Also, I know I’m on the wrong post for the Miracle Juice question, however, juicing a whole beet, a whole small apple and a medium or large apple is ok for an average adult (not a whole lot of issues upsetting the tummy), but if my kids are interested in the drink as well maybe a couple of time per week, should I not ease them into the drink (especially the beet juice)? Should I only add in maybe a quarter or half the beet at first, then gradually increase it over the course of a couple of weeks? I thought I read that somewhere.

    Thank you for your interest in helping in this capacity. There are not a lot of people out there who have actually used (and continue to use) the products and remedies that they pitch, and who also have so many experiences to pull from. It’s nice to hear that your life revolves around helping so many areas of one’s life.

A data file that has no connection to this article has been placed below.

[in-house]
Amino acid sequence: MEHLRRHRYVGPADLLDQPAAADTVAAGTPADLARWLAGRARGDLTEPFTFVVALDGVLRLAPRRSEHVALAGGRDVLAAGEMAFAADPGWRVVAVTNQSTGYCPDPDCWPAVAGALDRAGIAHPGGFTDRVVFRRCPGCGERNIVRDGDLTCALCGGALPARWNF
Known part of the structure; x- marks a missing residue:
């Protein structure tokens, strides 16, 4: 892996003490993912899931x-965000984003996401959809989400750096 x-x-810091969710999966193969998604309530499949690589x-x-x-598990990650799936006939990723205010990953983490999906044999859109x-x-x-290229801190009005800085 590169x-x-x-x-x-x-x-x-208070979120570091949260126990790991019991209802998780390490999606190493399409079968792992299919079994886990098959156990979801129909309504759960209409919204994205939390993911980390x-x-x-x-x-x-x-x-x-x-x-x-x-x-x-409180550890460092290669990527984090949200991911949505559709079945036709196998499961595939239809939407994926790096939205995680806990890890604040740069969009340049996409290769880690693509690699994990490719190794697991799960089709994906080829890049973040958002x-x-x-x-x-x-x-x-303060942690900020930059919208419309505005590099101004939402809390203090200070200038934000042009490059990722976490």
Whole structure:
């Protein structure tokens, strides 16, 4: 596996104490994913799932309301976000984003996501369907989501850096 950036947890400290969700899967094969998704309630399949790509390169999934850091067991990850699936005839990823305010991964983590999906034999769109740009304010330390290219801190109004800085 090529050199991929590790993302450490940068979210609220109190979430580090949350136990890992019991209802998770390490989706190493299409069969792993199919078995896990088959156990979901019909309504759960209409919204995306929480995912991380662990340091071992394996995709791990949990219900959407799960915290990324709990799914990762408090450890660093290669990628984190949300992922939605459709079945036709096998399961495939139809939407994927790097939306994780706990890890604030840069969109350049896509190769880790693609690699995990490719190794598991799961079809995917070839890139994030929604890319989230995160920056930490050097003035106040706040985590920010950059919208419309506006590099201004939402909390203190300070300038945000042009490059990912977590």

• Hello

      Thank you for your comments and questions. Making an herbal bath is quite simple. I have 2 audio articles that explain how to make an herbal bath using thyme. You can access them here: https://lachicaorganica.wordpress.com/?s=thyme

      Regarding juicing for the family. I have given all my children organic juice using beets, carrots, ginger, apples, leafy greens and other vegetables after one year of age. When starting with each child I would often give them 4 ounces of juice a day and gradually work up to 2 8 ounce glasses a day.

      As always, if you are juicing try to purchase organic when possible.

      Hope this helps,